Thu, 26 Jun 2014
GMO's Ben Inker says retirement portfolios should broaden the scope beyond solely age-based stock and bond allocations and evaluate the risk/return profile of equities as well as how much money is needed for retirement.
Kevin McDevitt: Hi, I'm Kevin McDevitt. I'm here at the Morningstar Investment Conference with Ben Inker from GMO.
Ben, thanks for joining us.
Ben Inker: Thanks for having me.
McDevitt: I want to ask you about the research you've done on saving for retirement, and in particular, the evaluation you did of the traditional fixed asset-allocation approach or the traditional glide-path approach. What are the potential drawbacks of those two asset-allocation methodologies?
Inker: I think the biggest concern we have about the traditional way putting together a glide path is it's assuming that you're always getting paid the same amount for taking risk. It's assuming that stocks are always at fair value and bonds are always at fair value.
And one thing that's pretty clear is valuations matter, and we think it's not reasonable to say, "I'm 25 years old; I can afford to take a lot of risk." That's fine. But if you're not getting paid for taking a risk, don't take it. And by the same token, even if you're a 75-year-old well into retirement, if bond yields are really low, and stocks are cheap, you should own some stocks.
I think the most important problem is that they don't respect the fact that valuations change, and as valuations change your portfolio should change, as well.
McDevitt: As an alternative, you've proposed the expected shortfall minimization framework. Why do you think this is a better option? And again, you kind of alluded to that with your last answer, but what are some of the advantages of that approach?
Inker: I think that's actually a slightly broader issue than the question of whether to be dynamic or not. The nice thing about expected shortfall is it's asking what is the question I'm trying to solve, and it's saying the problem I'm trying to solve is how do I avoid running out of money in retirement. And if you're putting together your portfolio with that in mind, we think you can get better outcomes. And among other things, what that says is there is no magic amount of equities you should own given your age. It's a combination of your age, how much money you have, how much money you need, and how much money you're getting paid for taking equity risk.
And so, we think with taking all of that into consideration, you can put together a better portfolio than simply assuming that your age is the only thing that should cause your weighting in equities to change.
McDevitt: Now a lot of this is based, at least in terms of how you allocate assets, on your forecasted real returns for different asset classes. I think, it ties in with the expected shortfall framework. One aspect of this that might seem somewhat counterintuitive to people is let's say the real forecasted return for equities falls from let's 6.0% to 5.5%, but even if that's still better than they might get in other parts of the market, you recommend cutting equity exposure. Is part of the reasoning for this is that you feel like when the real forecasted return for equities falls, the tail risk is greater or the downside volatility is more of a threat than it otherwise would be?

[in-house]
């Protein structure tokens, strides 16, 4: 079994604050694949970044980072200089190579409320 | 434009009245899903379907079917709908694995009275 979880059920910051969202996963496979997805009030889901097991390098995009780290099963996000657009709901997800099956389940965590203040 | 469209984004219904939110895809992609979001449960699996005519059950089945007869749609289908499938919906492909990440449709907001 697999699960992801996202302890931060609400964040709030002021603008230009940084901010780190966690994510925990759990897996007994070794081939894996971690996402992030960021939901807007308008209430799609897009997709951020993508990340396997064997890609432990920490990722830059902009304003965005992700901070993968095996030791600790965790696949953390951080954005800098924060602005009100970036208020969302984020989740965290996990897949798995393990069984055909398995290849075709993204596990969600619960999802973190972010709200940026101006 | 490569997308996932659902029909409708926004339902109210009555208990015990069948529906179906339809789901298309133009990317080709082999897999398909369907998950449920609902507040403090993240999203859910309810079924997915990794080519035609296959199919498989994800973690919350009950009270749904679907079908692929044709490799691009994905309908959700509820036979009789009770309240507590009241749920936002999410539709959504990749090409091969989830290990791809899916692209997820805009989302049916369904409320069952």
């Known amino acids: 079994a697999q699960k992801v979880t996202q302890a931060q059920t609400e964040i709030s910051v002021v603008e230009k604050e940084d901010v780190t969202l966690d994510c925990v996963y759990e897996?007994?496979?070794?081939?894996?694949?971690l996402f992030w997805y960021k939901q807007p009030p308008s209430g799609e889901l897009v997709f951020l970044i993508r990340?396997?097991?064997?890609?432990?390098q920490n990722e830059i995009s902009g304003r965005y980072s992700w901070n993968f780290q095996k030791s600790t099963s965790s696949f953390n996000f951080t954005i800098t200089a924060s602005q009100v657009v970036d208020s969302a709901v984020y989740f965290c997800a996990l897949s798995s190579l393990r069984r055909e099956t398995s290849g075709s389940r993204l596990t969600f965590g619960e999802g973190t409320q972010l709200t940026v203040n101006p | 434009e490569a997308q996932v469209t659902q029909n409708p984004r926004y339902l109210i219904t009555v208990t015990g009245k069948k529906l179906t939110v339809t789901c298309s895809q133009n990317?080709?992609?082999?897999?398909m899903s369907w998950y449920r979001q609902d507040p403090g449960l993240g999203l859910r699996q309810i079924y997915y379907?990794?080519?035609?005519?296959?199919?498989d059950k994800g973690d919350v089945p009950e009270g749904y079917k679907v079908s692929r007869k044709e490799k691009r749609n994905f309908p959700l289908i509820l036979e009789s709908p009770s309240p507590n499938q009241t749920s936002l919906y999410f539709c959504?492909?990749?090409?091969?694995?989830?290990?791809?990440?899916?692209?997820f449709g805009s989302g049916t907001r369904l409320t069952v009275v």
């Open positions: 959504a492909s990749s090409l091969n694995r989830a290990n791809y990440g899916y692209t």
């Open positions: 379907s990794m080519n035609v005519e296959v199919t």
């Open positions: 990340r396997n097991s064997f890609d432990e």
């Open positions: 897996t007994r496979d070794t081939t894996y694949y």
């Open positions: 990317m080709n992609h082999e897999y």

Inker: It's a combination of two real factors. One of them is the risk of equities is always there, and if you're getting paid 7% a year for taking that risk versus 3% a year for taking that risk, in one case, the bad outcome is worse because you've got less cushion. If stocks are more expensive, you would expect them to do worse in bad economic times than when they start out cheap.
The other crucial view from our standpoint is if stocks are trading well above historical valuations today, probably, at some point in the future you're going to get a better opportunity. And one of the important things about thinking about a long-term problem like saving for retirement is you don't have to take the same amount of risk every day, every year. What you can do is say over the next 40 years, I'm going to have to take a certain amount of risk because I need a certain amount of return. But let me take more risk when I'm getting paid well for it, and let me take less risk when I am not getting compensated for the risk.
So what we would say is, yes, even if stocks are priced to deliver a higher return than bonds, if it's not as much higher as normal, own less in stocks.
McDevitt: Let's look at it from a behavioral standpoint. It makes sense, of course, that when you're getting paid for the risk, you want to take on that risk. But say if you are an investor who is at retirement age or even into retirement. From a behavioral standpoint how do you perhaps get them comfortable with this idea that I might actually take on more equity risk when I'm 65 or 70 years old.
Inker: This is one of the fascinating things where there's a wonderful opportunity associated with 401(k) and other retirement plans, but it's not clear who is going to step up and really take advantage of that opportunity. One of the nice things is most people in retirement plans don't move the money. They invest, it stays there.
And so whereas people who are allocating their assets on their own have a certain tendency to get scared at bad times and move out of equities when equities have just gone down and move out of bonds when bonds have just gone down, the nice thing is in these plans they don't tend to move.
So if the plan itself can do the right things, then you can take advantage of people's behavioral inertia. The question is how do you incent the plan sponsor to do the right things? And that's what we're really talking to plan sponsors about how to get them thinking about maximizing the probability of their employees having a successful retirement.
McDevitt: Ben, thanks for your time. We appreciate it.
Inker: Thank you.